But bankers warn the country may be squandering its competitive advantage, writes Ambrose Evans-Pritchard.
The defining picture of Germany's election is a billboard of Angela Merkel's hands, posted next to Berlin's central railway station.
There is no face. There are no words. Nothing else is needed. It is so self-evident to most citizens that their Chancellor has the safest hands on offer that the message speaks for itself.
Her approval rating has reached 70 per cent. It is the mirror image of Germany's unemployment rate, at a post-reunification low of 5.3 per cent. The rate for youth unemployment is 7.7 per cent - against 26 per cent in France, 39.5 per cent in Italy and 56 per cent in Spain. Germany's lead is largely thanks to the country's superb apprenticeship schemes.
Germany had reason to be complacent as it went to the polls on Sunday, but economists warn that this ascendancy is more fragile than it looks, an illusion of the business cycle and a China-driven global boom in machinery and capital goods that is running out of steam. Merkel is encouraging Germans to think that all is well and that nothing needs to change.
"Germany is in a fantastic position but we're squandering our competitive advantage: all the main parties want to roll back reforms," said Christian Schulz from Berenberg Bank.
Joerg Asmussen, Germany's board member at the European Central Bank, says the country will become "the sick man of Europe again in five to 10 years" if it continues to neglect its ageing infrastructure and fails to invest more in education. Germany's top-rated university is Munich Technical, ranked 53rd in the world.
Germany's industry federation, BDI, has called for a drastic change in energy policy, warning that the €1 trillion ($1.44 trillion) dash for wind power, solar and other renewables is pushing power costs to levels that "endanger German competitiveness". Electricity costs 30 per cent more than in the rest of Europe, and twice as much as in the US. Natural gas costs four times more than in the US as the shale revolution alters the global economic landscape at lightning speed, leaving parts of Germany's chemical and plastic industry under mortal threat.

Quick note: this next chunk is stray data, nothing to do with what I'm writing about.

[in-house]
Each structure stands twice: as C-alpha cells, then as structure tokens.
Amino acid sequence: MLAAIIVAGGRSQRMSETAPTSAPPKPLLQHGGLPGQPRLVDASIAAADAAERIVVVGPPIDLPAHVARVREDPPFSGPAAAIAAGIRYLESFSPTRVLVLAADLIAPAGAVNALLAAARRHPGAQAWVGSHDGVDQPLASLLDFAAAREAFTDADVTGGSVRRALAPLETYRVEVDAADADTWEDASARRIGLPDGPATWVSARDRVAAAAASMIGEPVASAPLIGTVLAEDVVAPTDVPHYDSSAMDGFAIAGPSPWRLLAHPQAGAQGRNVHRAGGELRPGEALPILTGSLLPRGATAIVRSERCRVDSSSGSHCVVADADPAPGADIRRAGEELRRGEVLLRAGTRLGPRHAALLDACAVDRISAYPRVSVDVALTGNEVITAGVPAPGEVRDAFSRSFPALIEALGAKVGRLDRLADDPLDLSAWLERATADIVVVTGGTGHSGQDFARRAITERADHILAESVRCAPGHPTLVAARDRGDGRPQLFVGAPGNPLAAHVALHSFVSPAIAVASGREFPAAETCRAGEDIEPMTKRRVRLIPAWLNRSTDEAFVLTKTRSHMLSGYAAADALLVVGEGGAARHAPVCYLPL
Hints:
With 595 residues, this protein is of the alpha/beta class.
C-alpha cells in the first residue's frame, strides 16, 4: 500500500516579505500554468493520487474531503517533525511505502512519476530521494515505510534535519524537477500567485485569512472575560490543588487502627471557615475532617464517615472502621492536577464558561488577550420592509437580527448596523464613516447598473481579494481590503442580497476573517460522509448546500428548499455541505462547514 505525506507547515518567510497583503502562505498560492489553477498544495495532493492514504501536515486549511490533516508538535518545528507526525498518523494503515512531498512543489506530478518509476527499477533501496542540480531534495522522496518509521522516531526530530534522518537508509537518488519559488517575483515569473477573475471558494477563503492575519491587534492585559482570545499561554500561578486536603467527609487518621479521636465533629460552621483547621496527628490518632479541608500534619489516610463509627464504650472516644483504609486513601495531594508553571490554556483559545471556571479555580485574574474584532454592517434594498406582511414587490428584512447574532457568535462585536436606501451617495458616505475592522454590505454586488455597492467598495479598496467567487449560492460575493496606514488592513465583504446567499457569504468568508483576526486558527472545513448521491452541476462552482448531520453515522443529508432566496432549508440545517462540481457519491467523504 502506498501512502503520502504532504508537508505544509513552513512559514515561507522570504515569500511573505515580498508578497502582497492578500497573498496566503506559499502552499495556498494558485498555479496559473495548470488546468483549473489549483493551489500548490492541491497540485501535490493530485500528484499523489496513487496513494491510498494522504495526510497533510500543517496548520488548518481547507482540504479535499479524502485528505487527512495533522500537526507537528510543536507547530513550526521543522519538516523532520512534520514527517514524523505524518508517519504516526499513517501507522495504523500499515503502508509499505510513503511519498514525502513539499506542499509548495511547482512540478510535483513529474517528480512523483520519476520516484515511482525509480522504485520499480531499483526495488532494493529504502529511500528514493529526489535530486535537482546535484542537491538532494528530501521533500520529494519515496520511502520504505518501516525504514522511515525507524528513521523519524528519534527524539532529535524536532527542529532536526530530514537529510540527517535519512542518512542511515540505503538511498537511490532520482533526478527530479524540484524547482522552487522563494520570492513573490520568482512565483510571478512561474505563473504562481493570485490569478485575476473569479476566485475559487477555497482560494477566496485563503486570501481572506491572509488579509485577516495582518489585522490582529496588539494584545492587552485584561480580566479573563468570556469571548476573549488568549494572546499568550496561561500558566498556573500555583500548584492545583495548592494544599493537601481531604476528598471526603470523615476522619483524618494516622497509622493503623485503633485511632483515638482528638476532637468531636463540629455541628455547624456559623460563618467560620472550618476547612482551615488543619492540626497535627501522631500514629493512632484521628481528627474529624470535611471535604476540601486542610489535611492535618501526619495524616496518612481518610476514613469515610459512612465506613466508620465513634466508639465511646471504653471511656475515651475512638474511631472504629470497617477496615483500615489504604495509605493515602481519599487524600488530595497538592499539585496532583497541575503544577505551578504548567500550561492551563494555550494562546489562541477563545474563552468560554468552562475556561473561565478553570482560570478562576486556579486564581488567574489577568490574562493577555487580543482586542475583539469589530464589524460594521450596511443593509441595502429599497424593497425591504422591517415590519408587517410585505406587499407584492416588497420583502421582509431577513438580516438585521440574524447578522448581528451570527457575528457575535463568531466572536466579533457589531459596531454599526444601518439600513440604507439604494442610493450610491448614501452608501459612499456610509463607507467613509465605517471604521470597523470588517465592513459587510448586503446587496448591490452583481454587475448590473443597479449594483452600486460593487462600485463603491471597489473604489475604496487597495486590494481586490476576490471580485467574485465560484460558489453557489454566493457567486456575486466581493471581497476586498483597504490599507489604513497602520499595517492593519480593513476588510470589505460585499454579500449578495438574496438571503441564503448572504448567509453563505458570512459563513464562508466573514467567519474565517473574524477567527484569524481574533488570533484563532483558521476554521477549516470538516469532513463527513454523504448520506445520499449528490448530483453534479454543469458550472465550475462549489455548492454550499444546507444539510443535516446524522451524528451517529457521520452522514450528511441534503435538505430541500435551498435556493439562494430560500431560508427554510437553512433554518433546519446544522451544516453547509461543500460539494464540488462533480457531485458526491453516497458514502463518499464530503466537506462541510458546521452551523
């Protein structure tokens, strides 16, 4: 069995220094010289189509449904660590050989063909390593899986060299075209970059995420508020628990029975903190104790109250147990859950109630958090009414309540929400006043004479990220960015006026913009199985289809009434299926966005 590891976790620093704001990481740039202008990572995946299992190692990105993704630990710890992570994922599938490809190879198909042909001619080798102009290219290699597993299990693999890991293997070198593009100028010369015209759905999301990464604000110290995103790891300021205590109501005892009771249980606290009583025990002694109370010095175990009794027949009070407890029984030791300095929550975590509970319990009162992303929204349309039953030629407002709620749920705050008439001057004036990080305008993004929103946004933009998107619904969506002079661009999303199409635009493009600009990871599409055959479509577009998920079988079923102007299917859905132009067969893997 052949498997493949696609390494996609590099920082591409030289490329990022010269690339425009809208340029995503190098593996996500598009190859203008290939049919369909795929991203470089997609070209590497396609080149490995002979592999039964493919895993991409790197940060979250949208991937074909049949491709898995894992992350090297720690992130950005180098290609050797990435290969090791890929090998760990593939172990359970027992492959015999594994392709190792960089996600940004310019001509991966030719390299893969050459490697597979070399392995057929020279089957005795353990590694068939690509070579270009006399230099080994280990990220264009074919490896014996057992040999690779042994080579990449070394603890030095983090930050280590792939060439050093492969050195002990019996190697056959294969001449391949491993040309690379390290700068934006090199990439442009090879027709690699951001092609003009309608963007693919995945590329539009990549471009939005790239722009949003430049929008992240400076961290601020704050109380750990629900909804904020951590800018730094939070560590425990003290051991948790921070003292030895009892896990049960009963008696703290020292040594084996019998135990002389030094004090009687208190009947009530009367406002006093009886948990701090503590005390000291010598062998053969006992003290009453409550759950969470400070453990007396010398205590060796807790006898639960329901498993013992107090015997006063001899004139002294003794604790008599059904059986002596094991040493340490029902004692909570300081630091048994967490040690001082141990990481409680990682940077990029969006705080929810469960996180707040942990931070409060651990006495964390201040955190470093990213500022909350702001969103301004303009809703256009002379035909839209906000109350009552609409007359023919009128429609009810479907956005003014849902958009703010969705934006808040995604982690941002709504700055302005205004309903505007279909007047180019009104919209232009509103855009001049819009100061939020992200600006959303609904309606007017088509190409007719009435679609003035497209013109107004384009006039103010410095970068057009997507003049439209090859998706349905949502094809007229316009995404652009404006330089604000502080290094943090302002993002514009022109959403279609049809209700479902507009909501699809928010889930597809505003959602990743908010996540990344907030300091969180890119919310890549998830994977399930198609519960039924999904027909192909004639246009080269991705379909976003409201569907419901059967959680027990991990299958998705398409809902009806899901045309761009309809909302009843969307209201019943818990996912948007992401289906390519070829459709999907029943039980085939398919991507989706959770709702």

Yet during the campaign none of the main parties proposed any serious change to plans to the so-called "Energiewende" - the goal of sourcing 50 per cent of all power from renewables by 2030, and 80 per cent by 2050 - as if the problem will take care of itself.
The OECD says Germany has one of Europe's most rigid labour markets. Productivity per worker grew by just 0.6 per cent a year from 2000 to 2010, compared with 1.4 per cent for other rich countries. The OECD advised Berlin to take lessons from the Australian Productivity Commission.
Germany ranks 106th for starting a firm in the World Bank's ease-of-doing-business index. It ranks 31 for mobile broadband, 75 for soundness of banks, 127 for hiring and firing, and 139 for wage flexibility, according to the World Economic Forum index.
Economists fret that Germany is coasting as deep structural problems build up, repeating the mistakes of Italy and Spain at the outset of monetary union. While nobody disputes that Germany gained competitiveness in the early euro years, the question is whether this was achieved by a superior economic model or merely by screwing down wages in a "beggar-thy-neighbour" policy. This dispute scarcely intruded on the campaign.
"Real disposable income per capita in Germany has been growing at half the rate in France since the launch of the euro. They have been ripping off their own people to build up pointless trade surpluses," said Charles Dumas from Lombard Street Research.
The risk for Germany is that the damage emerges just as the country's ageing crisis strikes in earnest. The European Commission expects the country's workforce to shrink by 200,000 a year this decade, replicating what happened in Japan.
The old-age dependency ratio will climb from 31 per cent in 2010 to 48 per cent in 2030.
"Germany faces a demographic time bomb," says Mats Persson from think tank Open Europe. Social security liabilities lift the real level of German public debt to 192 per cent of GDP. This compares with 146 per cent for Italy, which has tackled its pension threat.
"Germany can't afford to underwrite the euro for ever," Persson said. German voters already sense this and seem increasingly tempted to vote for the anti-euro movement Alternative fur Deutschland (AfD). A pre-election poll showed the party reached 5 per cent support for the first time, the threshold for seats in the Bundestag.
AfD may scramble the election, depriving Merkel's bloc of its expected majority. Crucially, there may now be a vocal movement in the Bundestag, with electoral legitimacy, committed to breaking up the monetary union - either by German withdrawal from the euro or by forcing weaker states to leave.
This shifts the centre of political gravity, and may embolden Bavarian and East German eurosceptics within Merkel's alliance.
It will make it even harder for the next government to deflect populist protest over a third Greek bailout, a second bailout for Portugal and a rescue for Slovenia, all expected in the coming months.
If Europe's recovery gathers pace, this may not matter. But if the recovery is yet another false dawn, or it proves too little to stop the debt trajectories of southern Europe spiralling out of control, it will matter enormously.